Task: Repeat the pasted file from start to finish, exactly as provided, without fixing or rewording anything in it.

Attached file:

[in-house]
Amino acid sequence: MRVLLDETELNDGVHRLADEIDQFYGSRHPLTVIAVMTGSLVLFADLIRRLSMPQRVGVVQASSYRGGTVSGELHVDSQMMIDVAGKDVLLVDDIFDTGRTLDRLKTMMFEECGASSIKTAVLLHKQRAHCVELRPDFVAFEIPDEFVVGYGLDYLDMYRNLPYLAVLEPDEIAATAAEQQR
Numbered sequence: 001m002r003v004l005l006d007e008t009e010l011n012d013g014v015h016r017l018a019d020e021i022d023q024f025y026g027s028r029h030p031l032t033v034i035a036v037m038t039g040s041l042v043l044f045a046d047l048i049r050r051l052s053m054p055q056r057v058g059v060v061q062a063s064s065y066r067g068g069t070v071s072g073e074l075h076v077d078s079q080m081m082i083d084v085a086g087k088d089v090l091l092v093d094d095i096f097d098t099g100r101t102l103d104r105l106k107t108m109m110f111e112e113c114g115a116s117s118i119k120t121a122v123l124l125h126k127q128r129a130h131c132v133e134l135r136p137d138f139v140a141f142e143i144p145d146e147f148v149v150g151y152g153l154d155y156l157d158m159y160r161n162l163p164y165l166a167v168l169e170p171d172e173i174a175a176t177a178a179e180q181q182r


[in-house]
Amino acid sequence: MRVLLDETELNDGVHRLADEIDQFYGSRHPLTVIAVMTGSLVLFADLIRRLSMPQRVGVVQASSYRGGTVSGELHVDSQMMIDVAGKDVLLVDDIFDTGRTLDRLKTMMFEECGASSIKTAVLLHKQRAHCVELRPDFVAFEIPDEFVVGYGLDYLDMYRNLPYLAVLEPDEIAATAAEQQR
Numbered sequence: 001m002r003v004l005l006d007e008t009e010l011n012d013g014v015h016r017l018a019d020e021i022d023q024f025y026g027s028r029h030p031l032t033v034i035a036v037m038t039g040s041l042v043l044f045a046d047l048i049r050r051l052s053m054p055q056r057v058g059v060v061q062a063s064s065y066r067g068g069t070v071s072g073e074l075h076v077d078s079q080m081m082i083d084v085a086g087k088d089v090l091l092v093d094d095i096f097d098t099g100r101t102l103d104r105l106k107t108m109m110f111e112e113c114g115a116s117s118i119k120t121a122v123l124l125h126k127q128r129a130h131c132v133e134l135r136p137d138f139v140a141f142e143i144p145d146e147f148v149v150g151y152g153l154d155y156l157d158m159y160r161n162l163p164y165l166a167v168l169e170p171d172e173i174a175a176t177a178a179e180q181q182r